That arrangement expires soon and the council hasn’t announced plans to renew it with the landowners, the Terme di Saturnia, a luxury spa complex a couple of kilometres down the road, which sits on the source of the hot water that flows out of its property down a river called Il Gorello and into the waterfall that feeds the hot springs. The Terme di Saturnia was sold to the American fund York Capital in 2017, together with Italian real estate investment and advisory company Feidos, for 40 million euro.

 

This all sounds terribly trivial, but for the locals free and open access to the Saturnia hot springs is fundamental to the area’s survival.

 

Donatella Borghetti is originally from Bologna, but moved to the area in the 1990s. Like so many “expats”, myself included, she was enchanted by the Maremma’s natural beauty and Saturnia’s hot springs specifically. In her early fifties, Borghetti has a shock of bleached blonde hair and a restless attitude. She’s a retired journalist and is constantly riling up the locals with her often leftist battle cries. 

 

“The spirit of the Maremma is wild and uncontained. The hot springs embody this. That something so beautiful is free, it’s like our gift to the world. It emphasises the naturalness of the site. Introducing a ticketing system would spoil the sensation.”

 

It’s hard to overestimate just how important Saturnia’s hot springs are. As someone who has written extensively about them, I know tourists are infatuated. In the past decade, the number of visitors to the council has doubled to more than 200,000 annually. While there aren’t any studies, it’s safe to say they’re coming for the hot springs. As the number one tourist attraction in the Maremma, their existence draws visitors not only to the local area but to the wider province as well.

 

The new ticketing system would restrict the number of visitors to just 400 people a day with a heavy preference for locals and tourists sleeping in the Manciano municipality. The council has not publicly spoken about whether money from ticket sales would be spent on the site or given to a private entity.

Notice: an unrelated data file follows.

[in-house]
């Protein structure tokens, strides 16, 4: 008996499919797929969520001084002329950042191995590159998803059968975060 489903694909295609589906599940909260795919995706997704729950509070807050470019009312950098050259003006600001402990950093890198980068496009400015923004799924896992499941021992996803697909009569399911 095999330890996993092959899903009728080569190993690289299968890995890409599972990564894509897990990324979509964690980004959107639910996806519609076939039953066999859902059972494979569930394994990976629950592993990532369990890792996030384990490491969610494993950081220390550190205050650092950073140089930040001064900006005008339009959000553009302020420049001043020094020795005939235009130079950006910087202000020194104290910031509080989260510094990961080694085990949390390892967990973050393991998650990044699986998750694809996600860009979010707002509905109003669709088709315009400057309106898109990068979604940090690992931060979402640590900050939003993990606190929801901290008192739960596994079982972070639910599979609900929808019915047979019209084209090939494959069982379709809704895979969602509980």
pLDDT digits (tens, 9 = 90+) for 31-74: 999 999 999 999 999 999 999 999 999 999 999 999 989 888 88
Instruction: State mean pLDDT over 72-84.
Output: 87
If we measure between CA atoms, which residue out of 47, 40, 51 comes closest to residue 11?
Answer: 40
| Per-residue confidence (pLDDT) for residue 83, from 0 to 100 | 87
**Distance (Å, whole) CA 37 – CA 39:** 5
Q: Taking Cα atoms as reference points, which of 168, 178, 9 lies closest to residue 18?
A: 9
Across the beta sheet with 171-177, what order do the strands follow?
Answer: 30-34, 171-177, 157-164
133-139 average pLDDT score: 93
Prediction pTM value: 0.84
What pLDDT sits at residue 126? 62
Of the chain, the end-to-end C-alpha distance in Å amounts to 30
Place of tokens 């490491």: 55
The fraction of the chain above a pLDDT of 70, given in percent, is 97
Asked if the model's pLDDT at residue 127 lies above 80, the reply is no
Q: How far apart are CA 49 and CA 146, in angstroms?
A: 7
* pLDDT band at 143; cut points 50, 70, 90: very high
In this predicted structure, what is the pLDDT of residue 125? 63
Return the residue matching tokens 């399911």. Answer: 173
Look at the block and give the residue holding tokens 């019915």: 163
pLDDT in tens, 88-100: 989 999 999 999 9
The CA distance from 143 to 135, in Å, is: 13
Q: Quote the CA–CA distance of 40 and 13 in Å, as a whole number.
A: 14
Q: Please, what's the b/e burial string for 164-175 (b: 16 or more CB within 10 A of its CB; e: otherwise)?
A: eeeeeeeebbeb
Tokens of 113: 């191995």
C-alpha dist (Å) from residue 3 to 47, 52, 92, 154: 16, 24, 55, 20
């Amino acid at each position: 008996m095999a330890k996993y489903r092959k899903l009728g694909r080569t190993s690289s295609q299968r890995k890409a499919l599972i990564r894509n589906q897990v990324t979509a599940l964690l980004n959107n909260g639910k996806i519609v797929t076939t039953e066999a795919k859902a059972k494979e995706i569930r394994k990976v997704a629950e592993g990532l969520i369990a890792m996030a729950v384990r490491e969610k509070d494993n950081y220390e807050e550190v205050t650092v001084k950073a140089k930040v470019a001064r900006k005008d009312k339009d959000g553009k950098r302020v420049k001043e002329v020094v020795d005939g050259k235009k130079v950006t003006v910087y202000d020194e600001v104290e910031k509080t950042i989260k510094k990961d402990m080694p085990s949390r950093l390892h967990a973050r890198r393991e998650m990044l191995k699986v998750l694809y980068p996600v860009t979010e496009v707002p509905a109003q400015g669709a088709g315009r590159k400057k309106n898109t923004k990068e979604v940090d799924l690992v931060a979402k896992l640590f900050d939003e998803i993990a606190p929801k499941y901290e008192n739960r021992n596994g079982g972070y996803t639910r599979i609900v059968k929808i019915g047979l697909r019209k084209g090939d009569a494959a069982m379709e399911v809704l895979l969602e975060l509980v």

“It’s the first step to closing the hot springs for good,” huffs Mara Redi, the owner of a small B&B near Saturnia. She transformed the old family farm into tourist accommodation when she noticed how many people were visiting the hot springs. “First they introduce a ticket. Then they reduce the opening hours and then they put a big fence around the entire site, so no one can swim in the water.”

 

Redi isn’t the only person who thinks this. A lot of locals at the town meeting were saying the same thing. For the time being, this is only a rumour, but it is one being fanned by mayor Mirko Morini’s silence—I reached out to Mr. Morini, but at the time of publication he hadn’t responded to my requests for comment. According to an article published in local newspaper Il Tirreno, the council is said to have commented that their plans for Saturnia’s hot springs were “top secret”.

 

None of the other locals interviewed for this piece were encouraged by that, Antonio, Donatella and Mara included. “Whenever someone says something is ‘top secret’, there’s cause for concern,” says Donatella. “We’re talking about hot springs, not nuclear codes.”

 

Antonio put it best: “Often we take for granted all of life’s little free pleasures, like going for a swim at the beach or walking through a forest. I think it’s the same for Saturnia’s hot springs. Having to pay for nature leaves a bitter taste in the mouth.”